Keep bears wild – they are not teddy bears

Conservation Officer Service warns bears are waking up hungry

Prince Rupert couple Alvin Tait and Loni Martin have postponed their wedding two times due to COVID-19 affecting the marriage rates in Prince Rupert. (Photo: supplied/L.Martin)
No marriages in Prince Rupert in 2021 so far

Weddings down 23.9% in P.R. since COVID-19 with B.C. wedding industry loss at $158 million

Three North Coast organizations are granted funding to promote multiculturalism and support anti-racism, Jennifer Rice MLA announced on April 8. Conrad Elementary School students recognized the first Black Shirt Day on January 15, 2021, to advocate for anti-racism. (Photo: K-J Millar/The Northern View)
North Coast organizations to benefit from anti-racism funding

$944,000 granted in provincial funding to aid multiculturalism

Restaurant patrons enjoy the weather on a patio in Vancouver, B.C., Monday, April 5, 2021. The province has suspended indoor dining at restaurants and pubs until at least April 19 in B.C. due to a spike in COVID-19 numbers. THE CANADIAN PRESS/Jonathan Hayward
B.C. sets new COVID-19 daily record with 1,293 cases Thursday

New order allows workplace closures when infections found

The new 3,500 hectare conservancy in Tahltan territory is located next to Mount Edziza Provincial Park. (BC Parks Photo)
New conservancy protects sacred Tahltan land near Mount Edziza Provincial Park

Project is a collaboration between Skeena Resources, conservation groups and the TCG

B.C. Health Minister Adrian Dix and Premier John Horgan describe vaccine rollout at the legislature, March 29, 2021. (B.C. government)
1,262 more COVID-19 infections in B.C. Friday, 9,574 active cases

Province’s mass vaccination reaches one million people

Tyson Ginter, 7, is proud of his latest Hot Wheels he recently received by Quesnel RCMP Const. Matt Joyce. (Photo submitted)
B.C. Mountie handing out toy cars to light up children’s faces

‘A lot of times it will be the only interaction they have with the police,’ says Const. Matt Joyce

Chief Public Health Officer Theresa Tam speaks during a technical briefing on the COVID pandemic in Canada, Friday, January 15, 2021 in Ottawa. THE CANADIAN PRESS/Adrian Wyld
Canada’s ICUs see near-record of COVID-19 patients last week as variant cases double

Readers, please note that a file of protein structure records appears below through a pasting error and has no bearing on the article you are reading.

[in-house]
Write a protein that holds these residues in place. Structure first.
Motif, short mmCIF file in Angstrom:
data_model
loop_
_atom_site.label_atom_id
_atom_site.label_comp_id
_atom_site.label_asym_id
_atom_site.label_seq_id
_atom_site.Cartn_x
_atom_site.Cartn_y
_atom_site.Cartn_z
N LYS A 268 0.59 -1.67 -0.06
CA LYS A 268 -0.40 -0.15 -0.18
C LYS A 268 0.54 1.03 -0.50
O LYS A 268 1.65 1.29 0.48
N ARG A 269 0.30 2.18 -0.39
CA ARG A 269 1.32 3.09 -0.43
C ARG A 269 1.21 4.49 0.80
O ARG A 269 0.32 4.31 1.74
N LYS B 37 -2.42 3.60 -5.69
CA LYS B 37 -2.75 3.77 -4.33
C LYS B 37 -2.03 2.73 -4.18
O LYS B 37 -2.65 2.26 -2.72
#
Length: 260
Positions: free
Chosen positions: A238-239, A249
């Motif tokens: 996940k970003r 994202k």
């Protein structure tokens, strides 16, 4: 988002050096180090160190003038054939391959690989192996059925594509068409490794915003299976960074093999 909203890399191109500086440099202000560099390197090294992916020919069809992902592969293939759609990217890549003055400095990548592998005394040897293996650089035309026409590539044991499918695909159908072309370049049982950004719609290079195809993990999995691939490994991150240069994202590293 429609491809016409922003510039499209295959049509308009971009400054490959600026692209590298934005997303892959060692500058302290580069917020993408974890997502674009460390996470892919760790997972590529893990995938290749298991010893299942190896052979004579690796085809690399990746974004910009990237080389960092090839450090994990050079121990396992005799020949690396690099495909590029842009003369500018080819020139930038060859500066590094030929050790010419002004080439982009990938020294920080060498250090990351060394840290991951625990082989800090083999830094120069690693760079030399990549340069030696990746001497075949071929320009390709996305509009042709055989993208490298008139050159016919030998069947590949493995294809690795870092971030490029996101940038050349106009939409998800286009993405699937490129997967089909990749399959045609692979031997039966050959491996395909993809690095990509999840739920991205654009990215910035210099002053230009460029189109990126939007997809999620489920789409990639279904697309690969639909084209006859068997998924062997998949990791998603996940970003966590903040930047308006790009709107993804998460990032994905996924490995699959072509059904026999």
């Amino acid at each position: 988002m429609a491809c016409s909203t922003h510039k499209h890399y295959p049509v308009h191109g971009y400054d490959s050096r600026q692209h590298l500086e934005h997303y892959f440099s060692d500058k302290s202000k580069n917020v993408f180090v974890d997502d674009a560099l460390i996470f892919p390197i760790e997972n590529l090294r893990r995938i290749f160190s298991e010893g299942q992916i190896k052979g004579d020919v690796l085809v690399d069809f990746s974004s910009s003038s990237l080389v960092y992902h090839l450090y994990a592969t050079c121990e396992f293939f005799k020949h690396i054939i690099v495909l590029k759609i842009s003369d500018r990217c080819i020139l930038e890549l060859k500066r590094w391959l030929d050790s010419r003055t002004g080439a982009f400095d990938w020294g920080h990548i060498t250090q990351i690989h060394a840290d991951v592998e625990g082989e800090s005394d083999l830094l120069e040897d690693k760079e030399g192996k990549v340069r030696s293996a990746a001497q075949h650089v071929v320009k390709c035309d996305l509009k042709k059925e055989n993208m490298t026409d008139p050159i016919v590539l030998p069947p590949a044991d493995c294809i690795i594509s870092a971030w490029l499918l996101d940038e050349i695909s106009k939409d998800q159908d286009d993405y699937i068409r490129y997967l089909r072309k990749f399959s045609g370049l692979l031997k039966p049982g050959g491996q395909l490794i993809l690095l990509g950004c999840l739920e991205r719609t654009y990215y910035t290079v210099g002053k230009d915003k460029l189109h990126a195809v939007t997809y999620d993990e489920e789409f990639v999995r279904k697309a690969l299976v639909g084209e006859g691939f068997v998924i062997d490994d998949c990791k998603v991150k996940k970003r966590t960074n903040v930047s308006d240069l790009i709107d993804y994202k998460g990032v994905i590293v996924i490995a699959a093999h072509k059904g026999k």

Last week, Canadian hospitals treated an average of 2,500 patients with COVID-19, daily, up 7% from the previous week

University of Victoria rowing coach Barney Williams at the University of Victoria in Victoria, B.C. THE CANADIAN PRESS/Chad Hipolito
UVic, women’s rowing coach deny former athlete’s allegation of verbal abuse

Lily Copeland alleges coach Barney Williams would stand close to her and speak aggressively in the sauna

Librarian Katie Burns with the Fraser Valley Regional Libraries poses for a photo in Chilliwack on June 18, 2019. Monday, April 12, 2021 is Library Workers’ Day. (Jenna Hauck/ Chilliwack Progress file)
Unofficial holidays: Here’s what people are celebrating for the week of April 11 to 17

Library Workers Day, That Sucks! Day, and Wear Your Pyjamas to Work Day are all coming up this week

Robinson Russ, 37, was fatally stabbed on April 4, according to a statement from police. THE CANADIAN PRESS/Darryl Dyck
Vancouver police name victim following city’s fourth homicide of 2021

Robinson Russ, 37, was fatally stabbed Sunday in the Downtown Eastside

A man wears a face mask past the emergency department of the Vancouver General Hospital. (THE CANADIAN PRESS/Jonathan Hayward)
Calls for stricter action in B.C. as COVID-19 variants projected to climb

Jens von Bergmann says the province has taken a ‘wait and see’ approach when early action is needed

Vancouver’s park board general manager issued a new order Friday restricting tents and other temporary structures from being set up in Strathcona Park after April 30, 2021. THE CANADIAN PRESS/Jonathan Hayward
Vancouver park board issues order to restrict tents in Strathcona Park

The order issued Friday restricted tents and other temporary structures from being set up after April 30

Most Read